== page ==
Strauss & Co is pleased to announce details for Three Robs: Artist, Collaborator, Friend, the first-ever sale exclusively devoted the much-loved artist, teacher and critic Robert Hodgins. Hailed as a national treasure when he passed in 2010, Robert Hodgins continues to loom large in the imagination of many who knew him, including his many collaborators, collectors, students and readers of his penetrating art criticism. This premier evening sale will be held on Wednesday, 9 November 2022, and will conclude Strauss & Co’s multi-day programme for Johannesburg Auction Week.

Comprised of some 40 lots, many from the Estate of the Late Robert Hodgins and fresh to market, the sale’s title, Three Robs: Artist, Collaborator, Friend, gestures to the multifaceted character of this influential artist. In addition to a number of oils executed in Hodgins’ characteristically vivid colour palette, the sale will include rare watercolours, monotypes, pastels and drawings. These works affirm his bold expressionist style and colourist manners, as well as reveal his experimental technique and habit of collaboration.

Organised by Wilhelm van Rensburg, Senior Art Specialist & Head Curator, Strauss & Co, Three Robs: Artist, Collaborator, Friend also includes works made in collaboration with Sarah Ballam, Deborah Bell, Kendell Geers, William Kentridge, Jan Neethling and Sam Nhlengethwa. In 2014, William Kentridge, a frequent collaborator with Hodgins in the 1980s and 90s, admiringly described Hodgins as “someone who made the meaning from the work outwards” and “took enormous pleasure and comfort from the daily activity of making”.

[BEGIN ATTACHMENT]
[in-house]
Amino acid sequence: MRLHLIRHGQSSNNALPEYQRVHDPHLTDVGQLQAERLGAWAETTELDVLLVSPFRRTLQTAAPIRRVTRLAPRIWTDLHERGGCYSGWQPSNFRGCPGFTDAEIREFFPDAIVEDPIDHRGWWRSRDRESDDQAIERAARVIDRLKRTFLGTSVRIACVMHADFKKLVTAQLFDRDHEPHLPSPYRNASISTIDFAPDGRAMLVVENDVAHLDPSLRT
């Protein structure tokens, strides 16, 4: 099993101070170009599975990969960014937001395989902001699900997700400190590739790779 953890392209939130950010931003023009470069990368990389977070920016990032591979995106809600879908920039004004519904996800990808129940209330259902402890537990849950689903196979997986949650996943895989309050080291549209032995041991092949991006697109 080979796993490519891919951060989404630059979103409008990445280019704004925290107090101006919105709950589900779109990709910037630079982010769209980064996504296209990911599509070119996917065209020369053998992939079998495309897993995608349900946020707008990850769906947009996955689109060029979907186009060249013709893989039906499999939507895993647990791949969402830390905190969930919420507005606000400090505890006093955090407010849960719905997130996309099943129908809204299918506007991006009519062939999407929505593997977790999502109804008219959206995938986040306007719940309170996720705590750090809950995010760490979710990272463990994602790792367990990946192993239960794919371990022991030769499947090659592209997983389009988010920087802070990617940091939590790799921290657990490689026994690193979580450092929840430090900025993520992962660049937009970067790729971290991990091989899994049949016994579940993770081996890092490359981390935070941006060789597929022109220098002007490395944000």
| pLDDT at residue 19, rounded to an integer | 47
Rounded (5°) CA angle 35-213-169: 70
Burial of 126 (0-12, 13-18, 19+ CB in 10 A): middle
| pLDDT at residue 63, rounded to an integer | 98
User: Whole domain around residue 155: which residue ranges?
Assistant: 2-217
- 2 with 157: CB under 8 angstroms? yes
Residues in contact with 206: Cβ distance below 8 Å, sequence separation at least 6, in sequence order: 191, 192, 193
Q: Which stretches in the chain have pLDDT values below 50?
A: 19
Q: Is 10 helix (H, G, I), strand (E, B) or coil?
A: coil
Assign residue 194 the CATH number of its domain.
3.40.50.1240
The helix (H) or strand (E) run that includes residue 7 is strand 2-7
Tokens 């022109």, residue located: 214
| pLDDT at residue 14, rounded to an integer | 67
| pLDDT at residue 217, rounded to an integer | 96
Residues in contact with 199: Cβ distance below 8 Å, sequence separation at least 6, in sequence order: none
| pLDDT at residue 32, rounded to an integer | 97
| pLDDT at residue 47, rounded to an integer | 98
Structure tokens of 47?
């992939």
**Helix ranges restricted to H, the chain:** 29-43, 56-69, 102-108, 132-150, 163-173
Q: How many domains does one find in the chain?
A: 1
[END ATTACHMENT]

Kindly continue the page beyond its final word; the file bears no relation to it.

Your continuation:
“Robert embraced uncertainty, risk and experimentation,” says Wilhelm van Rensburg, who knew Hodgins personally and in 2019 curated a large survey of the artist’s drawings. “If Hodgins was uncertain about a figure in a painting, he simply resorted to pencil and paper and generated a variety of human shapes, one of which would suggest the manner in which a shape evolves into a human form, perfect for his painterly purposes on canvas. Three Robs will provide collectors with a unique insight into the processes as an artist who was perpetually in conversation with art history.”

Born in London in 1920, drawing played a formative role in Hodgins’ artistic development, both at school and at Goldsmiths’ College, where he studied painting in the early 1950s. His art school contemporaries included abstract painter Bridget Riley and fashion designer Mary Quant. Hodgins permanently settled in South Africa in 1953. An admired teacher, he held influential posts at the Pretoria College of Art (1954-61) and University of the Witwatersrand (1966-83). Notably, he also worked as a journalist and cultural critic at Otto Krause’s News/Check magazine (1962-68), penning appreciative reviews of Wolf Kibel, Alexis Preller and Edoardo Villa.

Hodgins held his first solo exhibition in 1956. Strongly influenced by the figuration of Georges Rouault and Pablo Picasso, he briefly pursued an exhibition career before forsaking art in favour of teaching and writing. He returned to painting in the 1980s, achieving renown in his so-called retirement. The works in Three Robs: Artist, Collaborator, Friend are drawn from this renaissance period, a bold run of form that extended from the mid-1980s until his death in 2010. Synthesising diverse influences, including Frances Bacon, David Hockney and Philip Guston, it was during this period that Hodgins emerged as a decisive and transformative figure in the story of contemporary South African painting.

Robert Hodgins and Jan Neethling, Just Us Two, oil on canvas, 90 x 120cm


Robert Hodgins and Jan Neethling, Untitled (Still Life and Figures), ink on sketchbook page, 27 x 37cm


William Kentridge and Deborah Bell and Robert Hodgins, Little Morals, etching, aquatint and watercolour plate, 25 x 29,5cm


Sam Nhlengethwa and Robert Hodgins, South African Couple, Oil And Collage On Canvas, 90 x 120Cm



Robert Hodgins and Deborah Bell, Paris in a Brothel, oil on canvas, 90 x 90cm

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